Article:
The English waiting list grew again in June. It needs to shrink decisively this autumn to avoid trouble on 18 weeks over winter. But a longer queue means longer waits.

The English waiting list grew again in June towards its seasonal peak, and set a new record for the largest waiting list since January 2008. At the end of the month just under 3.2 million patients were reported waiting, which becomes just over 3.4 million if you add non-reporting trusts back in.

‘If the waiting list continues to swell, no amount of clever patient scheduling can prevent an eventual breach’

This growth must now be reversed if waiting times are to be kept under control.

The usual seasonal pattern is for waiting lists to shrink in the autumn months, which needs to happen decisively this year to sustain 18 week waits over winter. A longer queue means longer waits, so if the waiting list continues to swell then no amount of clever patient scheduling can prevent an eventual breach of the 18 weeks standard.

Nevertheless, for the time being the 18 weeks standard continues to be met nationally, as trusts take advantage of their (now permanent) freedoms to treat routine patients on a first come, first served basis.

In the following analysis, all figures come from NHS England. If you have a national statistic that you’d like to check up on, you can download our Gooroo NHS waiting times fact checker.

England-wide picture

NHS England abolished the “admitted” and “non-admitted” targets on 4 June, making permanent the amnesty that was in place for most of 2014-15.

In response, trusts continued to treat large numbers of long waiting patients, to hold down the number of long waiters left on the waiting list and achieve the retained “incomplete pathways” target at national level.


Medway Foundation Trust resumed its waiting list reporting, which is good news. But the Lewisham Hospital site stopped reporting, which has required a bit of jiggery-pokery to add them back in to the table below (which uses the same method as the official statisticians).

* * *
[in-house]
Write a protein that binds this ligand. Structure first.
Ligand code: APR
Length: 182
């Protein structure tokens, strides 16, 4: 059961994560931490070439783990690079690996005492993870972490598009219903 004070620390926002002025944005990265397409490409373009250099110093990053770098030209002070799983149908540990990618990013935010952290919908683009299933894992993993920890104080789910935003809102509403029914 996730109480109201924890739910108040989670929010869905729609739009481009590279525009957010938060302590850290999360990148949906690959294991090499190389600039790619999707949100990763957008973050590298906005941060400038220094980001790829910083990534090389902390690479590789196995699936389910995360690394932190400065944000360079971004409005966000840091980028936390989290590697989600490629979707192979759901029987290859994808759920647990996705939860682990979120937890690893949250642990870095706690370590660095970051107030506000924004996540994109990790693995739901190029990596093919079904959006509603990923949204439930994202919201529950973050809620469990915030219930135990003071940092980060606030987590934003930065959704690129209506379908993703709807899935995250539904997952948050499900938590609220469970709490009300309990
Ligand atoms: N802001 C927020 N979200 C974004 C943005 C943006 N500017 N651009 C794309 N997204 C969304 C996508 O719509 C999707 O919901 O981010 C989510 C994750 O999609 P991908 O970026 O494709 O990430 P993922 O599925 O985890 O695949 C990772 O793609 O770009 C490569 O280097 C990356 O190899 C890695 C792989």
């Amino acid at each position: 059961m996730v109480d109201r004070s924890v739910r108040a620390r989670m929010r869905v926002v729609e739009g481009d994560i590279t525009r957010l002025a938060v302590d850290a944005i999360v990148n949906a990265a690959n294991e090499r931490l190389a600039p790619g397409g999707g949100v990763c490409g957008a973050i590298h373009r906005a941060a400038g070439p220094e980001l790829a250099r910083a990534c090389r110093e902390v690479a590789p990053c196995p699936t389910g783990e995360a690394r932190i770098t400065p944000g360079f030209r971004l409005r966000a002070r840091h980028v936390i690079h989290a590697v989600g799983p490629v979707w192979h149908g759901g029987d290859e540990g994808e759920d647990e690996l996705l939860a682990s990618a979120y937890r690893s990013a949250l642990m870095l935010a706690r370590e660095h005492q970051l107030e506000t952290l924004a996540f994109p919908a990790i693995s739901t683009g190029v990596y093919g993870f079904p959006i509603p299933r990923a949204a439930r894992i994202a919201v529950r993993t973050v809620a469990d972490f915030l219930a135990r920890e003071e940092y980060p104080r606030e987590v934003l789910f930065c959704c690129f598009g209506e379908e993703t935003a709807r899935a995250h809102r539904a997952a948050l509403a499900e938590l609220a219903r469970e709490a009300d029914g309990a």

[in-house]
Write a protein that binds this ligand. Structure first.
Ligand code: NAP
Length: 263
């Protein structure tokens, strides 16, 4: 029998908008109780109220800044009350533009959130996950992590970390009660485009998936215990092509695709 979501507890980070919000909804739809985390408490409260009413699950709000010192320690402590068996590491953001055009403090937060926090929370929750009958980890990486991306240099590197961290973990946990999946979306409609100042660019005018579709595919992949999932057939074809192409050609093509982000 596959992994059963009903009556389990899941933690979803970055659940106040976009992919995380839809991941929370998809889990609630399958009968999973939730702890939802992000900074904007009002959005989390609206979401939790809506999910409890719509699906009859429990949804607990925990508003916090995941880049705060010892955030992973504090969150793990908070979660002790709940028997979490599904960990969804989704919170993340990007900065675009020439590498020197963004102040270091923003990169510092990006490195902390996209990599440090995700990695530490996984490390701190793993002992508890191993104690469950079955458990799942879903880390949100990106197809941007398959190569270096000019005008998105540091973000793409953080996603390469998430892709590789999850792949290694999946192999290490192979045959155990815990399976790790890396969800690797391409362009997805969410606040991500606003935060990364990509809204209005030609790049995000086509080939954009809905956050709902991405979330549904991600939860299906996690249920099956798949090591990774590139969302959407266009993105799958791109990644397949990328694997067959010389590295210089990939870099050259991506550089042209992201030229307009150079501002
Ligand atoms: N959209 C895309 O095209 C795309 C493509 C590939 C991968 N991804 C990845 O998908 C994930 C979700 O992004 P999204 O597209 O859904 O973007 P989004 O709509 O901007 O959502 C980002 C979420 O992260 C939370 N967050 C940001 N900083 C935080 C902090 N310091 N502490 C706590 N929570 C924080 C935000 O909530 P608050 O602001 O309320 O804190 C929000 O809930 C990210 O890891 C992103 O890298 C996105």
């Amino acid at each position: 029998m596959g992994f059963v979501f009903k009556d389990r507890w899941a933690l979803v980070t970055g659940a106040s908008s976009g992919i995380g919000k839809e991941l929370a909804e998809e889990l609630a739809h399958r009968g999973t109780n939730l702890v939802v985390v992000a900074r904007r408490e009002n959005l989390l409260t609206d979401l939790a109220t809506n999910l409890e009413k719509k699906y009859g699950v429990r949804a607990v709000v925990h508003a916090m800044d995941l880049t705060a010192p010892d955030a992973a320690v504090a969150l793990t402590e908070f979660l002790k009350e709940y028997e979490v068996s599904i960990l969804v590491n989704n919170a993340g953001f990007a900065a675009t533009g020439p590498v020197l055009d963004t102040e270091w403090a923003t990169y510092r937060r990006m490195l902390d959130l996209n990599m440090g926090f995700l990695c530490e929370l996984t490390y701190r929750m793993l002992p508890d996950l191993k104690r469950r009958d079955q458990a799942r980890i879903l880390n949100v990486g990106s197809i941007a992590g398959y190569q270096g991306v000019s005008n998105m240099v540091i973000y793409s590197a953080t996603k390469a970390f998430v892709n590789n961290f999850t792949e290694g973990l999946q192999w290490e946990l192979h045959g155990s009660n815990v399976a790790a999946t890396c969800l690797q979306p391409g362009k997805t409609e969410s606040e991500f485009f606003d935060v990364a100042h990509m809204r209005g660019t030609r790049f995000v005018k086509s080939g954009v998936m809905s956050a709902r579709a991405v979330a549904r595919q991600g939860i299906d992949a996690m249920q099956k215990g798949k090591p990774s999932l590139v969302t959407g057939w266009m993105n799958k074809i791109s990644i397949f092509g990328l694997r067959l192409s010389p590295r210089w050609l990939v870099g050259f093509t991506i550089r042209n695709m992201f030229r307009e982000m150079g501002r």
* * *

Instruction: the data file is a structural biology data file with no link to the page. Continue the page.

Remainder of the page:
NHS England is now clamping down on non-reporting trusts so we should see fewer trusts dropping out of the data and more trusts resuming their submissions (though not necessarily accurately), in the coming months.


Non-reporting trusts are excluded from all the following data, so the true list size is much larger than shown in the following chart. Either way, it is the largest waiting list since January 2008 (before the 18 week targets were first met).


Admissions per working day were comparable to recent years, which is clearly not enough given the rising waiting list.


The number of one year waiters has risen again, mainly because University Hospitals of Leicester Trust have been cleaning up their waiting list data and found a lot of very long waiting orthodontics patients.

It’s always good to get errors like this out in the open because then they can be dealt with properly – a theme we will come back to when we look at the local picture.



Most surgical specialties are breaching the target, with only ear, nose and throat, ophthalmology, oral surgery and gynaecology remaining within 18 weeks (plus all the medical specialties).


The proportion of local services (specialties within trusts) achieving 18 weeks remains roughly steady.


There is also little change in the distribution of waiting times across local services, although longer waiting services have deteriorated since a year ago.


Perverse waiting list management (giving short waiting patients priority over long waiters) has been fairly rare since the amnesty on perverse targets began last summer, and it is happily getting even rarer now that the amnesty has been made permanent.


Local detail

Medway has resumed its waiting list reporting, and jumped straight in at the top of the table of long waiting providers. Hopefully we will see it improve quite rapidly over the coming months, now that it has improved its data and can see where its problems are.

‘Hopefully Medway will improve rapidly now that it has improved its data’

Which, by the way, is exactly what has been happening at the Robert Jones and Agnes Hunt Orthopaedic Hospital FT.

After excluding long waiters from its data over a long period, it started reporting long waiters properly in February’s data, when it also jumped straight in at the top of the table.

In the latest June data it has succeeded in dropping off the table entirely, going from 12th to 37th place as its “92 per cent” performance improved from 20.7 to 18.0 weeks. Well done the Robert Jones.


Data for July is due out on 10 September and is the first full month since the permanent abolition of the perverse “adjusted admitted” and “non-admitted” targets.

Rob Findlay is founder of Gooroo Ltd and a specialist in waiting time dynamics